Draw In The Air With Mattel's Pictionary AR

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Draw In The Air With Mattel's Pictionary AR
February 18, 2019
My secret talent is drawing shower caps in AR.
Joshua Goldman/CNET

 

This is not your typical augmented reality game.

 

I'm moving a glowing stick over my head, trying to draw an imaginary shower cap. I really hope this is coming out like I imagine. Can Scott tell on his screen? He's guessing clouds. No, no, no. I pretend to scrub my armpits. Yes! He got it! 

 

Playing Pictionary with paper is a thing of the past. Mattel reinvented the classic quick-draw game by using augmented reality, the term used when you blend digital special effects with the real world. This new version is Pictionary Air, and you use a light-up stick as your "pen" to draw doodles in the virtual space around you, while others guess your drawing. 

The challenge is a bit different this time: You can't see your sketch. It's only visible with an app. 

 

The game is scheduled to come out in June for about $20, and I got to play an early preview with my colleague Scott Stein. It was pretty addictive -- and equally important to note, it was simple enough for anyone to play.

 

Mattel is one of several toymakers tinkering with new ways that augmented reality and smartphone tech can enhance physical toys and games, with new concepts being showcased this weekend at the annual New York Toy Fair.

 

"It's very different than what we've done in the past," said Sven Gerjets, Mattel's chief technology officer. He's leading a new approach Mattel is taking to weave tech into toys. He calls it "mixed play" -- rather than have a kid stare at a screen, use the tech to get folks off the couch and encourage physical play.

No internet connection needed. No syncing anything. Just a box of cards, an app, and the light wand is all you need to play. 
Joshua Goldman/CNET

 

The light-up "pen" itself is pretty low tech. Press the button to draw in the air, and the light changes from red to green. The app is using image recognition to record the path of the green light, creating lines that appear on the screen.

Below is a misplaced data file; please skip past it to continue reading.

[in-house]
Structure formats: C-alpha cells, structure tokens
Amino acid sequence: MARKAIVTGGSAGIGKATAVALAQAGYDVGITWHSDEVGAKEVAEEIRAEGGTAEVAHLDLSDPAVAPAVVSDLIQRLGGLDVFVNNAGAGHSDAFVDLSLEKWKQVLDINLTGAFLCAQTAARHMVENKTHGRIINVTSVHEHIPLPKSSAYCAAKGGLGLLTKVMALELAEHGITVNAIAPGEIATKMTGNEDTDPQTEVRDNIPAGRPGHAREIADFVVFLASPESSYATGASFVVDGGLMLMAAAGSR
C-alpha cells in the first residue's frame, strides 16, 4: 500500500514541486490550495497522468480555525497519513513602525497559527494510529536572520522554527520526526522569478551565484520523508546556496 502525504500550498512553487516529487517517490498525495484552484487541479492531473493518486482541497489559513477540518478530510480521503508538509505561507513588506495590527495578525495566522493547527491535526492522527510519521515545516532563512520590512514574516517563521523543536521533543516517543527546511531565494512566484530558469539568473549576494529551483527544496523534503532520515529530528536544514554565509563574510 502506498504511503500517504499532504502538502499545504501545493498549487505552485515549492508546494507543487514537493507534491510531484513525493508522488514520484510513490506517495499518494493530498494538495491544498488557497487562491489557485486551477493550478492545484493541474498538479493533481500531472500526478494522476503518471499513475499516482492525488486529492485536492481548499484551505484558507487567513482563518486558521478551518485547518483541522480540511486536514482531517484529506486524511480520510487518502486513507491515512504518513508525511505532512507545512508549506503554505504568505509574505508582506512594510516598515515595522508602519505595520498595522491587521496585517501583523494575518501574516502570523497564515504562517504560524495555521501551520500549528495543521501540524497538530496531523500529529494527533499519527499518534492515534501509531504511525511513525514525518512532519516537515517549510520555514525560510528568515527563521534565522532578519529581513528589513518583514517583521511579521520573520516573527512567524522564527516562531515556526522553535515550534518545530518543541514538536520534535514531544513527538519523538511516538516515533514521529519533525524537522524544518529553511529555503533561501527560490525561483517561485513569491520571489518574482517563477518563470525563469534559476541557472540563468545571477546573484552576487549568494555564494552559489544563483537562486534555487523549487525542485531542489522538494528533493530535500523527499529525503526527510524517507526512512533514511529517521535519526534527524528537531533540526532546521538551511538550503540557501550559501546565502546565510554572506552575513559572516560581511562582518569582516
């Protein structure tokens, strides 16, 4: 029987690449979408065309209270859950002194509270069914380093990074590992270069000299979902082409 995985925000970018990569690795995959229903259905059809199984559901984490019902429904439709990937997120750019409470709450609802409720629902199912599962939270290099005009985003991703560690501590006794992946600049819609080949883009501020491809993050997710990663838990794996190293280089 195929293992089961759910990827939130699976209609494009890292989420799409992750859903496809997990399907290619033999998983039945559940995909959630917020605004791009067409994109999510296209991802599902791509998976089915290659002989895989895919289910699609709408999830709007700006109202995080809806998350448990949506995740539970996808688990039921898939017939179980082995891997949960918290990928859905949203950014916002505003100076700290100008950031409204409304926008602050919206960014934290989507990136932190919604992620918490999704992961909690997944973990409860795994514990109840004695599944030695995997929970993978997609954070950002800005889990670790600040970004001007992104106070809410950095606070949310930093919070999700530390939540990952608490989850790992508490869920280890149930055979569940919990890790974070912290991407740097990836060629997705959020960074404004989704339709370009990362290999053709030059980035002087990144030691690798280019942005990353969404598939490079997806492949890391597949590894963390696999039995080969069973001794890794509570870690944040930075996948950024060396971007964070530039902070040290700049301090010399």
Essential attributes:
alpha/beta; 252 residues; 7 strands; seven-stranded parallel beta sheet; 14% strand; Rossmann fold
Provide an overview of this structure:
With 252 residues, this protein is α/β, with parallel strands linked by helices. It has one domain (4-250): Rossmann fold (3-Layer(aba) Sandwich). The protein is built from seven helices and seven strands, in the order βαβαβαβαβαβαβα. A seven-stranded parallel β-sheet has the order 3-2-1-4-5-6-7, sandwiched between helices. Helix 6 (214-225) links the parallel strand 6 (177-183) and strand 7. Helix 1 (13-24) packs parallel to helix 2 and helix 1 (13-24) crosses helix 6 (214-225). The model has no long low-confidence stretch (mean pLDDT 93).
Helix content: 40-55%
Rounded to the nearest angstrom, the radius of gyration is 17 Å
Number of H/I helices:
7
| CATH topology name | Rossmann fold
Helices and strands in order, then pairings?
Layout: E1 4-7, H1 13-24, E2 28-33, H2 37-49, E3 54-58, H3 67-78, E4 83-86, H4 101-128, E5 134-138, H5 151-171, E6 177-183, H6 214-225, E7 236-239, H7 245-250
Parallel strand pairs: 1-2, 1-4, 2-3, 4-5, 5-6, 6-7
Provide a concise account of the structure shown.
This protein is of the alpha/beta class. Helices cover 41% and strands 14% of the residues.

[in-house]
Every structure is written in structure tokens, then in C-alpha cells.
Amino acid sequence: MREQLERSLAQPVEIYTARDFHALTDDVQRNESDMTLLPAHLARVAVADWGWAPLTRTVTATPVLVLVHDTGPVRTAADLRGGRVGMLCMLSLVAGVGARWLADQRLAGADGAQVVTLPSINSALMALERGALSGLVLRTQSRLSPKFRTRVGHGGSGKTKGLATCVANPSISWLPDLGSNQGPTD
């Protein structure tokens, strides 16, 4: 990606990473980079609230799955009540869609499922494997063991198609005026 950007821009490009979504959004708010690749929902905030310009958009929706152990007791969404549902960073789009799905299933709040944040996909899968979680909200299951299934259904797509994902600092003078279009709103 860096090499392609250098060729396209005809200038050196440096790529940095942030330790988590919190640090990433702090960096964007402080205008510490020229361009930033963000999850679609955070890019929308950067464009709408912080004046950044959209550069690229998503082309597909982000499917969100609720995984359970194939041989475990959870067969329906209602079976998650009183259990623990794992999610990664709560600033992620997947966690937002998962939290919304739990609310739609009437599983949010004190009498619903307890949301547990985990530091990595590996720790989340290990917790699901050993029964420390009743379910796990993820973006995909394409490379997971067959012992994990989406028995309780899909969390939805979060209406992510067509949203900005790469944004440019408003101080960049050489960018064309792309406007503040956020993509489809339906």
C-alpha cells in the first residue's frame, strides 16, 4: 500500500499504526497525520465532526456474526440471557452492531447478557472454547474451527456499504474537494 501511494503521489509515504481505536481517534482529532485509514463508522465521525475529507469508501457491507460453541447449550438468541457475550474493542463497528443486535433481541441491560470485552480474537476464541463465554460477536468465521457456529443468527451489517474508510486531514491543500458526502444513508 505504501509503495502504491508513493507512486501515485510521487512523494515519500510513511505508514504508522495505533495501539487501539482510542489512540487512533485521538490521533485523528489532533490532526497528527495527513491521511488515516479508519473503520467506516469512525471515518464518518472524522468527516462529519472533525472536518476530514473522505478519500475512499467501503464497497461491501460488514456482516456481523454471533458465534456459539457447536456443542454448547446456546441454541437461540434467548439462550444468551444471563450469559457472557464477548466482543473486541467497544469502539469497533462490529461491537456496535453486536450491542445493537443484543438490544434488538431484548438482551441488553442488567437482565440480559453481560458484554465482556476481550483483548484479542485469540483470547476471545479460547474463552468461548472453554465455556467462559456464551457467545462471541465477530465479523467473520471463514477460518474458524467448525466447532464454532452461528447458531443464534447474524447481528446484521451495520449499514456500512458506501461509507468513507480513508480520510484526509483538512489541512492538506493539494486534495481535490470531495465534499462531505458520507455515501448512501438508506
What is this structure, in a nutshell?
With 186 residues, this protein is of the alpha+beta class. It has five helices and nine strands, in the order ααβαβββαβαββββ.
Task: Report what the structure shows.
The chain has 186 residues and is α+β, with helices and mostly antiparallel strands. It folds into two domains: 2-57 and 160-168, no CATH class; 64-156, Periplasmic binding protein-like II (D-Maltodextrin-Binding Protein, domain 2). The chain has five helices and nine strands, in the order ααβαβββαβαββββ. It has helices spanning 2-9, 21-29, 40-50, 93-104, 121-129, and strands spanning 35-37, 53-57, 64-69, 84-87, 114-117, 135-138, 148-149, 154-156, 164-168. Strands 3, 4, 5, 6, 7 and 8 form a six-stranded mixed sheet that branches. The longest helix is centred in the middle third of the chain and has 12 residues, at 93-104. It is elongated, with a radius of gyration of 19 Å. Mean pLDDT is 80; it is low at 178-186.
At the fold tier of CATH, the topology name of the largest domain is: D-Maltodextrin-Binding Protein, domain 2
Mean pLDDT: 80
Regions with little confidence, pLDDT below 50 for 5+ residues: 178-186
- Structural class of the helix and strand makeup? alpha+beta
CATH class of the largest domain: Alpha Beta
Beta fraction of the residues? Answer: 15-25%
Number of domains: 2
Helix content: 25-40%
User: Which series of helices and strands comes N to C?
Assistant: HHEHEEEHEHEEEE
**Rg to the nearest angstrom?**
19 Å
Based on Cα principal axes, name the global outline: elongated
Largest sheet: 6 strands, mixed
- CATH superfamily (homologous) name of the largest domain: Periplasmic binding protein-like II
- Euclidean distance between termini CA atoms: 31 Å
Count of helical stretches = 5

There's no internet connection needed to play. No syncing anything. That means you can pick it up and play it anywhere. (As long as you have a compatible Android or Apple mobile device.)

 

Without paper, these virtual drawings open up a new approach to playing. You can act out your drawing to get the point across. Why just draw corn when you can draw a whole cob floating in front of you and pretend to eat it?

I still feel bad I couldn't guess Scott's radish. It was a pretty good radish.
Joshua Goldman/CNET

 

When I had to illustrate Pinocchio, I gave myself a stick nose and pretended to be a marionette. It's a refreshing twist on AR to see it used in a party-style game. (And of course there's an option to save those really funny moments on video to share on social media.)

 

Toymakers often struggle with finding the right balance to incorporating tech that gets kids excited, while also not pushing away parents who are wary of data collection and want to limit screen time. 

 

"A few years back, it felt like everyone was trying to shove the iPhone or smartphones into their toys. It didn't really work well to be honest," said Juli Lennett, a US toys industry advisor for NPD. "It didn't really make toys better or enhance them in such a way where you had to have it."

 

But there's something different this time. The success of AR games like Pokemon Go, along with advances in augmented reality tech in phones, offer new incentives to experiment.

 

Later this year, Lego will sell an AR construction set called Lego: Hidden Side. Snap the traditional bricks together to build a haunted world. Get out your phone and load the app for a game that has you catching the ghosts lurking among the bricks.

 

A few smaller companies are using AR to add pizazz to educational toys. Take, for example PaiBotz, a new robot construction set coming out in the spring. Four-year-olds will snap bricks together to build motorized creatures packed with sensors and lights. But the app is where kids learn to code their creations, solving puzzles that appear as AR animations around the robot.

PaiBotz is a robot construction set for ages four and up, coming out in the spring. It uses AR activities to teach coding.
Pai Technologies

 

"Ultimately, we use the AR to bring the storytelling to life," said Amy Braun, director of marketing for Pai Technology who formerly worked with Mattel. "I think the industry really is evolving and understanding more the value of technology ... it doesn't just replace traditional physical play."

 

But what technology will change toys next? Will it be tied to voice recognition and smart speakers? Something that's controlled by gestures? Biometric sensors?

 

Mattel's Gerjets offered only a small tease to what his team is cooking up next.

 

"We got one product that uses NFC technology to really create what we think mixed play is going to be, " he said. "I think it's the coolest thing I've ever done in my career."

 

In the meantime, I'll keep working on my invisible AR doodles. Pictionary Air hits Target stores this June and will be available worldwide in multiple languages in July.

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